What happened to the economy — and what it portends for the future

From the Boston Globe:

“Minsky called his idea the “Financial Instability Hypothesis.” In the wake of a depression, he noted, financial institutions are extraordinarily conservative, as are businesses. With the borrowers and the lenders who fuel the economy all steering clear of high-risk deals, things go smoothly: loans are almost always paid on time, businesses generally succeed, and everyone does well. That success, however, inevitably encourages borrowers and lenders to take on more risk in the reasonable hope of making more money. As Minsky observed, “Success breeds a disregard of the possibility of failure.”

As people forget that failure is a possibility, a “euphoric economy” eventually develops, fueled by the rise of far riskier borrowers – what he called speculative borrowers, those whose income would cover interest payments but not the principal; and those he called “Ponzi borrowers,” those whose income could cover neither, and could only pay their bills by borrowing still further. As these latter categories grew, the overall economy would shift from a conservative but profitable environment to a much more freewheeling system dominated by players whose survival depended not on sound business plans, but on borrowed money and freely available credit.

Once that kind of economy had developed, any panic could wreck the market. The failure of a single firm, for example, or the revelation of a staggering fraud could trigger fear and a sudden, economy-wide attempt to shed debt. This watershed moment – what was later dubbed the “Minsky moment” – would create an environment deeply inhospitable to all borrowers. The speculators and Ponzi borrowers would collapse first, as they lost access to the credit they needed to survive. Even the more stable players might find themselves unable to pay their debt without selling off assets; their forced sales would send asset prices spiraling downward, and inevitably, the entire rickety financial edifice would start to collapse. Businesses would falter, and the crisis would spill over to the “real” economy that depended on the now-collapsing financial system.

Whole article here.

This is what it means for you:

  • We are going back to much more of a ‘pay as you go’ economy. You know, the one you grew up in if you’re over 40.
  • Retail sales (remember, 70% of the economy is consumer spending) are going to be at a much lower level for a long time, first because people have to pay off their debt, and then because they’ll have to save to buy things, because credit is and will be harder to come by.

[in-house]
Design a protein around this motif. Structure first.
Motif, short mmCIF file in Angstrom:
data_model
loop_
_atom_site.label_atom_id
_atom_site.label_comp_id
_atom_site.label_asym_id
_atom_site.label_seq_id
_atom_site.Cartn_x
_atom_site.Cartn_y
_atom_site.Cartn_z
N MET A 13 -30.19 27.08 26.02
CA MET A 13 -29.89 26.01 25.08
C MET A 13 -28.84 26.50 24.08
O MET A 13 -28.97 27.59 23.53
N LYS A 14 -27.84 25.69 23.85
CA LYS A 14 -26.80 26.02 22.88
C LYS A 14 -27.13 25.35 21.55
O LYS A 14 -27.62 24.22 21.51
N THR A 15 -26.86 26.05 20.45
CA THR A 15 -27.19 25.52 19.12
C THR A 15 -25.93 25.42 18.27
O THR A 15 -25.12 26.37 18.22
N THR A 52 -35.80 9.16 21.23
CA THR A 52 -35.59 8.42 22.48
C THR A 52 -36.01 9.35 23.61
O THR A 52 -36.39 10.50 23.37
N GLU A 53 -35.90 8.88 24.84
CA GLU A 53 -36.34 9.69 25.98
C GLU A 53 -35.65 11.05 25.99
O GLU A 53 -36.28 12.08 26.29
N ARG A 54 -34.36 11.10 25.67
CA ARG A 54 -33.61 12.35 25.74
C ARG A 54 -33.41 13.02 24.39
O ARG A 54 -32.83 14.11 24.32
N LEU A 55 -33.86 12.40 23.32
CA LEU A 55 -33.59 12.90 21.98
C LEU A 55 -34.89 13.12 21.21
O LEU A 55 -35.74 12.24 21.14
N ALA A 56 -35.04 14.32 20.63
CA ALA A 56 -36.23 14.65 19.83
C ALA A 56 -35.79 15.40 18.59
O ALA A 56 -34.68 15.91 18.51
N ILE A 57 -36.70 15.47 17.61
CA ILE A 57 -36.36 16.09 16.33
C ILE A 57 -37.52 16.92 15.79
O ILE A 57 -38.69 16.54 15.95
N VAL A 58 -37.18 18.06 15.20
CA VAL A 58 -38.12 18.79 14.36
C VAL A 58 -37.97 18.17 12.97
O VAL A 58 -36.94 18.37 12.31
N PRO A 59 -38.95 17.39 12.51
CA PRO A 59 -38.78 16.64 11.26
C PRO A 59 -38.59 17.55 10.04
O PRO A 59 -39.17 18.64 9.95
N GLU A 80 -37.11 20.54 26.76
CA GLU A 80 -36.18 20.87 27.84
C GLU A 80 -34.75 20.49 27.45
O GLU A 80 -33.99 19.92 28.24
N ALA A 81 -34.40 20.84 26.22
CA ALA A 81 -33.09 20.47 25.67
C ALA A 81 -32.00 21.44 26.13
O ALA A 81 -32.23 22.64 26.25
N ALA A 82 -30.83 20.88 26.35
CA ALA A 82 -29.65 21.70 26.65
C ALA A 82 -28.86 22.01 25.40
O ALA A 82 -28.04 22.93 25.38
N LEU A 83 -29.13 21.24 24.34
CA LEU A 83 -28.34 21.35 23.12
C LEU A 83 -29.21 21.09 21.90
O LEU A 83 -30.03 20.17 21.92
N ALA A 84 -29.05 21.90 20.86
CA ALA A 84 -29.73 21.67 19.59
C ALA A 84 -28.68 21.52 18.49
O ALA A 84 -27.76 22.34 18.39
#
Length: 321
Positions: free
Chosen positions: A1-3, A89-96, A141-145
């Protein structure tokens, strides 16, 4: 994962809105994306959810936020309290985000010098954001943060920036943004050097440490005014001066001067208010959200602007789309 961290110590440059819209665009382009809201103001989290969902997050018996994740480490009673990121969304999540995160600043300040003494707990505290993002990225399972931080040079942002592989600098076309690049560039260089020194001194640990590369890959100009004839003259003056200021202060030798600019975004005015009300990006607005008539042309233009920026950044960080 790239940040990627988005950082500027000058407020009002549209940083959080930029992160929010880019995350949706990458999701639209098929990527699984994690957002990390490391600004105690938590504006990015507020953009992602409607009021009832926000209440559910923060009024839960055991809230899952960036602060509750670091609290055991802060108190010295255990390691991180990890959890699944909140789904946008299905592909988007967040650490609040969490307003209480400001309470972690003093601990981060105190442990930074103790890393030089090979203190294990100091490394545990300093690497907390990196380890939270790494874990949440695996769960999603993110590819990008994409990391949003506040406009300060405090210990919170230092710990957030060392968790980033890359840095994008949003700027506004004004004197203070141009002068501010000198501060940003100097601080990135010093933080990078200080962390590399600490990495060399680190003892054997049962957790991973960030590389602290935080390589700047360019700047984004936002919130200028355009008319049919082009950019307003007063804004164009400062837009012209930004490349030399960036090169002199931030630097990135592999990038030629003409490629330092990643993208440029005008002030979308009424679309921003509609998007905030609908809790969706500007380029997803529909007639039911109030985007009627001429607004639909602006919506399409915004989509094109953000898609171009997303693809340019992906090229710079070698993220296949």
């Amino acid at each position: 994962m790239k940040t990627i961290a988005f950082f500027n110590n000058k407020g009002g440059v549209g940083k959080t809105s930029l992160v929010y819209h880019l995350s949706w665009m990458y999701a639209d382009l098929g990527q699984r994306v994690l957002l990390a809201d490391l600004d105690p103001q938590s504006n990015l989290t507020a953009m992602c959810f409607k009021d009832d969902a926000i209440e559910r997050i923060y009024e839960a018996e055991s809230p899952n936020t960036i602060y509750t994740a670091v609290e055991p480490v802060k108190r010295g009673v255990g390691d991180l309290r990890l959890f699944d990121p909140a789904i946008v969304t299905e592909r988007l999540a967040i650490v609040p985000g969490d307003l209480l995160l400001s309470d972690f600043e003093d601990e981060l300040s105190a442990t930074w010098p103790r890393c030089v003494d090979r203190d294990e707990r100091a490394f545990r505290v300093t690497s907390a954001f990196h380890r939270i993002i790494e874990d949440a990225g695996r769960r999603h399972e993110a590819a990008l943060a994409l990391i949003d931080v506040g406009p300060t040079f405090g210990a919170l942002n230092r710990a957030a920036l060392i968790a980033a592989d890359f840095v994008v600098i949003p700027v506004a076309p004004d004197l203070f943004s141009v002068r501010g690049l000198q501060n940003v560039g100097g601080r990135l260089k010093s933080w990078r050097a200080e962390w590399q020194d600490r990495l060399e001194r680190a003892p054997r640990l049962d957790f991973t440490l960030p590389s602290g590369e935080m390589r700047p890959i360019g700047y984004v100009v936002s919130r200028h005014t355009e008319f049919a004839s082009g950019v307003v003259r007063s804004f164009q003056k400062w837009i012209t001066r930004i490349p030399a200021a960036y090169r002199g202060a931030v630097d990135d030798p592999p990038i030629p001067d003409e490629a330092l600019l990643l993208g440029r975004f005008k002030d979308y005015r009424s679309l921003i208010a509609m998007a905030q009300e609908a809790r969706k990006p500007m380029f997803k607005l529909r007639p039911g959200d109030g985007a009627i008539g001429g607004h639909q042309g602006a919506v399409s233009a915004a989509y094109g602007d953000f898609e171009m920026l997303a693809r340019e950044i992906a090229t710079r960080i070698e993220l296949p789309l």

• We are actually experiencing deflation now. We all know real estate prices are down, sharply in many locations. But you know all those ‘sales’ at stores, even grocery stores? Those are deflation in action. Here’s a personal example: I bought my first GE toaster oven around 1977. I think I paid $29 for it. It broke and I bought a new one, sometime in the early 90’s — I think I paid $49. It broke and I bought a new one around 2001, again $49. It broke and I’m going to Target later today to buy a new one — ‘on sale’ at $15. Looks like pretty much the same model I’ve had, over and over again.
  • In deflation, people hang on to their cash. This makes sense, because you can buy an asset cheaper later than you can buy it now. Yet another reason for lower consumer spending.
  • This may not change for a generation or more. My grandparents were adults, raising their families during the Great Depression. My parents, who were kids then, were part of the ‘save before you spend’ crowd, and I am too, because they trained me well. People who got caught in a debt trap this time around, and their children, will remember this painful lesson for a long time.
  • You have to give people a REALLY good reason to buy something now, because they’ll begin to expect that they can get it more cheaply later. Or it has to be something for which they’re desperate.
  • What are people desperate for? Food, shelter, and clothing (although most of us have enough clothing to last us a few years). And end to their physical suffering, i.e. health care (though I understand that even Kaiser Permanente’s business is off). A way to stretch a dollar. A way to make more dollars to pay for food, shelter and clothing. Transportation to get to those places where they make the dollars. After that, it’s all ‘nice to have’. So how do you relate what you do to one of these things?
  • When people need things, they’re more likely to turn to the underground economy — paying in trade (I have a friend in rural OR who gets paid for some of her services in pot, which she then uses to pay other tradespeople), or in untraceable green cash.
  • People are more likely to buy things used — that’s part of the rise of craigslist and eBay. Flea markets will be busier, too, because people still like to handle the merchandise.
Hollis Polk is a personal coach (www.888-4-hollis.com), who has been helping people create lives they love for 15 years, using neurolinguistic & hypnotherapy techniques, decision science, clairvoyance & the common sense learned in 20+ years of business. She is an NLP Master Practitioner, hypnotherapist & has a BSE in engineering from Princeton & a Harvard MBA. She is also a successful real estate broker, investor & business owner.